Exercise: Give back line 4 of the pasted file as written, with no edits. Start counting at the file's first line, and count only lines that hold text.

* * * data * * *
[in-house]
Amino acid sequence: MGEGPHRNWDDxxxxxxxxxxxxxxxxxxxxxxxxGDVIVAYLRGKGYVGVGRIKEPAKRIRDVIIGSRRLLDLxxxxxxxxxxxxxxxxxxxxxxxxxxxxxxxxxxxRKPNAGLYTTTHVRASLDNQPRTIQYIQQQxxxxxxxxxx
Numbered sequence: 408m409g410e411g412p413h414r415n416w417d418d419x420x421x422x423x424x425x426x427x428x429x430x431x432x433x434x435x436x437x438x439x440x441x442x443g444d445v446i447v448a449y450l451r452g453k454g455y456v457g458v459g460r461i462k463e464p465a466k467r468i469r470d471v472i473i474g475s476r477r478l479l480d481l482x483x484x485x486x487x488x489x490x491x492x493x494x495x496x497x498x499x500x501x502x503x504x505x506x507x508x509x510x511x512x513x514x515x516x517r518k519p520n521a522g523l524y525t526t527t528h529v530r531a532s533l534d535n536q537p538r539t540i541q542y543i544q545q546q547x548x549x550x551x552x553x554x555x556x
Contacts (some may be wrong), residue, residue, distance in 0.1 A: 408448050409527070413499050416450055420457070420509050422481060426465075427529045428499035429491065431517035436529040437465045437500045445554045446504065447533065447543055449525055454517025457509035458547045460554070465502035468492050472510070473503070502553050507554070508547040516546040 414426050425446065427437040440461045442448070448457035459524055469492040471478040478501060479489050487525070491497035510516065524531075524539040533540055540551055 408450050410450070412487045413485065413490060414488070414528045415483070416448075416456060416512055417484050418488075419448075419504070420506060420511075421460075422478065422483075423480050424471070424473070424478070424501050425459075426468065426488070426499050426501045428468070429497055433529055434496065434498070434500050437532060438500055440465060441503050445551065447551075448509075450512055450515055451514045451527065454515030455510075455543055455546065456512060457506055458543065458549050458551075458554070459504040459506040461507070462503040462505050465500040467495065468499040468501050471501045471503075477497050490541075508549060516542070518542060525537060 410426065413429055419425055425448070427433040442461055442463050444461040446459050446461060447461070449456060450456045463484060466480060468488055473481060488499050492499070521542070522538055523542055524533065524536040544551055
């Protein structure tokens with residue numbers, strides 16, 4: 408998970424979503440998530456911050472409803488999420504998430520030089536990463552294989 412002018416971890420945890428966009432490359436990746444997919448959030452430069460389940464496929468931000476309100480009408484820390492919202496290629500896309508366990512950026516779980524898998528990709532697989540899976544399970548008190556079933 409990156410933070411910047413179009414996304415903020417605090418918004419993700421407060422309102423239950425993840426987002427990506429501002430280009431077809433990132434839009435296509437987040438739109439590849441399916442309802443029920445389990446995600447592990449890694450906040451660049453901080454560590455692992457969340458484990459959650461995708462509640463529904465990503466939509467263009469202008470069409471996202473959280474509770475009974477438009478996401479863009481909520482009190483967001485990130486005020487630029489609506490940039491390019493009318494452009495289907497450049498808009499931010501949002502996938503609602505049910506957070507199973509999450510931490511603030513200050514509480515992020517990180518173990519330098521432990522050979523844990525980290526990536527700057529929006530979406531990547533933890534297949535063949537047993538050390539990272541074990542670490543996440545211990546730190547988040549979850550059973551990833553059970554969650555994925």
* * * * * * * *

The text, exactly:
Contacts (some may be wrong), residue, residue, distance in 0.1 A: 408448050409527070413499050416450055420457070420509050422481060426465075427529045428499035429491065431517035436529040437465045437500045445554045446504065447533065447543055449525055454517025457509035458547045460554070465502035468492050472510070473503070502553050507554070508547040516546040 414426050425446065427437040440461045442448070448457035459524055469492040471478040478501060479489050487525070491497035510516065524531075524539040533540055540551055 408450050410450070412487045413485065413490060414488070414528045415483070416448075416456060416512055417484050418488075419448075419504070420506060420511075421460075422478065422483075423480050424471070424473070424478070424501050425459075426468065426488070426499050426501045428468070429497055433529055434496065434498070434500050437532060438500055440465060441503050445551065447551075448509075450512055450515055451514045451527065454515030455510075455543055455546065456512060457506055458543065458549050458551075458554070459504040459506040461507070462503040462505050465500040467495065468499040468501050471501045471503075477497050490541075508549060516542070518542060525537060 410426065413429055419425055425448070427433040442461055442463050444461040446459050446461060447461070449456060450456045463484060466480060468488055473481060488499050492499070521542070522538055523542055524533065524536040544551055